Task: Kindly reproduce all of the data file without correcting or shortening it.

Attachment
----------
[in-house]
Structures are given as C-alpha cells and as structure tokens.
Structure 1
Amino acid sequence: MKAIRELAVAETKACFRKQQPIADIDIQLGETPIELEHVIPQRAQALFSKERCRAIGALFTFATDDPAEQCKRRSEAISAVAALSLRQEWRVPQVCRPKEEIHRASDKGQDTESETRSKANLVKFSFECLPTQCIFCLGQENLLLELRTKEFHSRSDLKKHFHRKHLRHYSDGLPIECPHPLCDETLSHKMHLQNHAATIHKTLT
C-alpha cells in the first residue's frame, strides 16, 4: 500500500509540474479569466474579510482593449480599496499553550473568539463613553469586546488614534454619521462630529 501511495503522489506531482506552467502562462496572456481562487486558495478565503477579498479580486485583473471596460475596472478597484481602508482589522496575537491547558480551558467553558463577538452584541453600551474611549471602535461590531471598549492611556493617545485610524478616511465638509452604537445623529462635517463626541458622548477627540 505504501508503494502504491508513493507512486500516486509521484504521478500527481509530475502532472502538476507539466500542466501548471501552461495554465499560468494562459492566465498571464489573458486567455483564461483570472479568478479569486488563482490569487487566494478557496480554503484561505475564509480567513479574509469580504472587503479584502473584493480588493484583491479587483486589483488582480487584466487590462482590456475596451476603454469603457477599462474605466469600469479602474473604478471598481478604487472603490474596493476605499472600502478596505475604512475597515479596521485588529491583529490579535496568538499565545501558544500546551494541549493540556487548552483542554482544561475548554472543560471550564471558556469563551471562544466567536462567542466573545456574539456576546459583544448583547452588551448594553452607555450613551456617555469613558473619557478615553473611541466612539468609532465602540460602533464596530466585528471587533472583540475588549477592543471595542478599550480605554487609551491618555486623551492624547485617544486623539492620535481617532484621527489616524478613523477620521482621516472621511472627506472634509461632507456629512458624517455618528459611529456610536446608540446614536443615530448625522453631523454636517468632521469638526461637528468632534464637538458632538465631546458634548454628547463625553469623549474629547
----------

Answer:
[in-house]
Structures are given as C-alpha cells and as structure tokens.
Structure 1
Amino acid sequence: MKAIRELAVAETKACFRKQQPIADIDIQLGETPIELEHVIPQRAQALFSKERCRAIGALFTFATDDPAEQCKRRSEAISAVAALSLRQEWRVPQVCRPKEEIHRASDKGQDTESETRSKANLVKFSFECLPTQCIFCLGQENLLLELRTKEFHSRSDLKKHFHRKHLRHYSDGLPIECPHPLCDETLSHKMHLQNHAATIHKTLT
C-alpha cells in the first residue's frame, strides 16, 4: 500500500509540474479569466474579510482593449480599496499553550473568539463613553469586546488614534454619521462630529 501511495503522489506531482506552467502562462496572456481562487486558495478565503477579498479580486485583473471596460475596472478597484481602508482589522496575537491547558480551558467553558463577538452584541453600551474611549471602535461590531471598549492611556493617545485610524478616511465638509452604537445623529462635517463626541458622548477627540 505504501508503494502504491508513493507512486500516486509521484504521478500527481509530475502532472502538476507539466500542466501548471501552461495554465499560468494562459492566465498571464489573458486567455483564461483570472479568478479569486488563482490569487487566494478557496480554503484561505475564509480567513479574509469580504472587503479584502473584493480588493484583491479587483486589483488582480487584466487590462482590456475596451476603454469603457477599462474605466469600469479602474473604478471598481478604487472603490474596493476605499472600502478596505475604512475597515479596521485588529491583529490579535496568538499565545501558544500546551494541549493540556487548552483542554482544561475548554472543560471550564471558556469563551471562544466567536462567542466573545456574539456576546459583544448583547452588551448594553452607555450613551456617555469613558473619557478615553473611541466612539468609532465602540460602533464596530466585528471587533472583540475588549477592543471595542478599550480605554487609551491618555486623551492624547485617544486623539492620535481617532484621527489616524478613523477620521482621516472621511472627506472634509461632507456629512458624517455618528459611529456610536446608540446614536443615530448625522453631523454636517468632521469638526461637528468632534464637538458632538465631546458634548454628547463625553469623549474629547